I attended a loving church, but no one wanted to answer – or even explore – these sorts of questions. Church members would discourage me from thinking this way and unintentionally pour guilt into my mind for even contemplating these thoughts. Surely I couldn’t be the only teenage Christian living in the void? During my adolescence, I quickly learnt that emotional health and God didn’t mix. Over a decade later, after becoming a professionally qualified youth worker, I realised that young people were still asking similar questions. This void in conversation still exists, yet anxiety in the younger generations is on the rise. The responsibility is ours to help close this void and create a culture of resilient children and young people.

What is anxiety?
Definition: Anxiety is a word we use to describe feelings of unease, worry and fear. It incorporates both the emotions and the physical sensations we might experience when we are worried or nervous about something. Although we usually find it unpleasant, anxiety is related to the ‘fight or flight’ response – our normal biological reaction to feeling threatened. (Mind, 2015).

Anxiety is experienced by everyone at different times in their lives. It is often an unpleasant experience, but it is completely normal in most cases. Common times when a young person may experience bouts of anxiety are sitting an exam or starting a new school. After the exam is sat or the first few days of a new school have passed, the anxious symptoms usually stop and you can continue to normal life.

Signs and symptoms
There are all sorts of physical and physiological indicators that show a young person might be suffering from anxiety. Here’s a list which includes some of the most common factors to keep an eye out for:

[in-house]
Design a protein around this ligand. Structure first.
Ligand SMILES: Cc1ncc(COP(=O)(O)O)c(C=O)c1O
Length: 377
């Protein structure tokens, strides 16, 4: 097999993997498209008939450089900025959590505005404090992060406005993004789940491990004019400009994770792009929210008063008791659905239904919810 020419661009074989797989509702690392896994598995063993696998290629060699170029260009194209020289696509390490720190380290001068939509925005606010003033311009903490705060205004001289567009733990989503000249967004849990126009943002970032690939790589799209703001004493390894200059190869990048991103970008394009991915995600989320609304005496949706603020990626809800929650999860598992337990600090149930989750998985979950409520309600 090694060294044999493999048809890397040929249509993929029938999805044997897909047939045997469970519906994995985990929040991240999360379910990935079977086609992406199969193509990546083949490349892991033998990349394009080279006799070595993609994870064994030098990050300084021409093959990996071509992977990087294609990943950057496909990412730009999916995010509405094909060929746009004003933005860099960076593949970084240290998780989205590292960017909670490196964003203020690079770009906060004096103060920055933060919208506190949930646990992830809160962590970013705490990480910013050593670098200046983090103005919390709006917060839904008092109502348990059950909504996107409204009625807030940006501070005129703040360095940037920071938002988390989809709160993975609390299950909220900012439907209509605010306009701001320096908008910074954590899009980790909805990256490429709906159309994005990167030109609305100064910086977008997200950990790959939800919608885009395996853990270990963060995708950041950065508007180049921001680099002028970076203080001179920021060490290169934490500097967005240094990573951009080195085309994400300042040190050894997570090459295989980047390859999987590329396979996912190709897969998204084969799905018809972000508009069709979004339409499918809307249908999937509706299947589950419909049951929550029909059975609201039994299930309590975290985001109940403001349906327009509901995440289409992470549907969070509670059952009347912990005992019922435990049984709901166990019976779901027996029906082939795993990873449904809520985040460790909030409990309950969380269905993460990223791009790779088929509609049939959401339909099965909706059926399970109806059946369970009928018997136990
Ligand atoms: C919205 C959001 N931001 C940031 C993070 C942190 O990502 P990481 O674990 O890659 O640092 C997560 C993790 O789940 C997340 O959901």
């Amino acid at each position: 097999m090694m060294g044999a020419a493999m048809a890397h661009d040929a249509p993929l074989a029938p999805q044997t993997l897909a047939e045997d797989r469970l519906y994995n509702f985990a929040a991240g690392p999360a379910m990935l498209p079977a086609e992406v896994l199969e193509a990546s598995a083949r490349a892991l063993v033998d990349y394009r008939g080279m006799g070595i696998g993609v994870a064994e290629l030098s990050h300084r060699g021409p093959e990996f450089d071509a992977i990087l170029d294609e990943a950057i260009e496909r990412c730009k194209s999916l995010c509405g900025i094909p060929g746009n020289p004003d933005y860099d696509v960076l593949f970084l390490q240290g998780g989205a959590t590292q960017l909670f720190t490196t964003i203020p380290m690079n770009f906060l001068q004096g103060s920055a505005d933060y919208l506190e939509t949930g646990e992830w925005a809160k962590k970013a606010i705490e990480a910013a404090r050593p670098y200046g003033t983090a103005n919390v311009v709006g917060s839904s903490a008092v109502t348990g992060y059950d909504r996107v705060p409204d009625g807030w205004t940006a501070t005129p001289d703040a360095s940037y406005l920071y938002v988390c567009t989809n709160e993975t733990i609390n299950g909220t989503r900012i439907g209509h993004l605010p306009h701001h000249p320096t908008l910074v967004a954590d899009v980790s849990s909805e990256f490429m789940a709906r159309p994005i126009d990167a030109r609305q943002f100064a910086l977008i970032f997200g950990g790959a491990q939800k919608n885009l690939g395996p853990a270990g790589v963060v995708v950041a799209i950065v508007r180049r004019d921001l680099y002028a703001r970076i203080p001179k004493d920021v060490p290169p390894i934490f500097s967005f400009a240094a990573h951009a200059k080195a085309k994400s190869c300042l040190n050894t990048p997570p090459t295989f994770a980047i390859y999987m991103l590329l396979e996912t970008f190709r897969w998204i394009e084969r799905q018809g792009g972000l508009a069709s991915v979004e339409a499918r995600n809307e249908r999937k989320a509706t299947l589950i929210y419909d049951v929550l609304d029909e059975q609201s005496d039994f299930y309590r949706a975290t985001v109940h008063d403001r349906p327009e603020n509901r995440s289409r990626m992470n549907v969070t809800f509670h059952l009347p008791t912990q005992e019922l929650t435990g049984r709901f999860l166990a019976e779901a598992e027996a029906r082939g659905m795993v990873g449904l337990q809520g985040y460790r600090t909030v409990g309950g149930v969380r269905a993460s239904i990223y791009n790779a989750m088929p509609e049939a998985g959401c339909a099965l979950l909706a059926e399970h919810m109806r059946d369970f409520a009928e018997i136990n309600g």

- Muscle tension
- Nausea
- Difficulty sleeping
- Feeling ‘on edge’
- Restlessness
- Sweating
- Hot flushes
- Feeling a sense of numbness
- Pins and needles
- Fearing the worst/sense of dread

 

www.Liz-Edge.co.uk

YCW (Youth and Children’s Work)

Click here to view Liz edge’s new book Exploring Emotional Health, Available in Paperback and ebook formats 

 

 

Help! I’m a New Mum! By Pam Pointer

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Who shed more tears? My baby, or me? Probably me. I was pretty clueless on practicalities changing a nappy, for example. Could you fold a towelling nappy to fit a tiny bottom, then stick a giant safety pin in – to the nappy, not the baby…? The arrival of disposal nappies coincided with the arrival of my third baby, by which time I was a little more clued up and had less time to worry about whether I was doing things right. The toughest thing about being a new mum was probably the tiredness from interrupted sleep at night and not being able to interpret what my baby was trying to say through her crying. Hence my tears.

 
The thing is, it’s not the tears I remember now. I look at photos and dig into the recesses of my brain and what I see and recall are happy times – gummy grins, wobbly steps, first words. Baby isn’t baby for long. Her gummy grins evolve into hearty laughter, tentative steps into running and jumping, and from ‘Mumma’ and’Dadda’ new words are added and put into simple sentences. Before you know it you’re discussing climate change, space exploration, the best tennis player ever (Laver? Federer?) and whether the two pieces of a halved worm can grow into two new worms (no, in case you’re wondering.)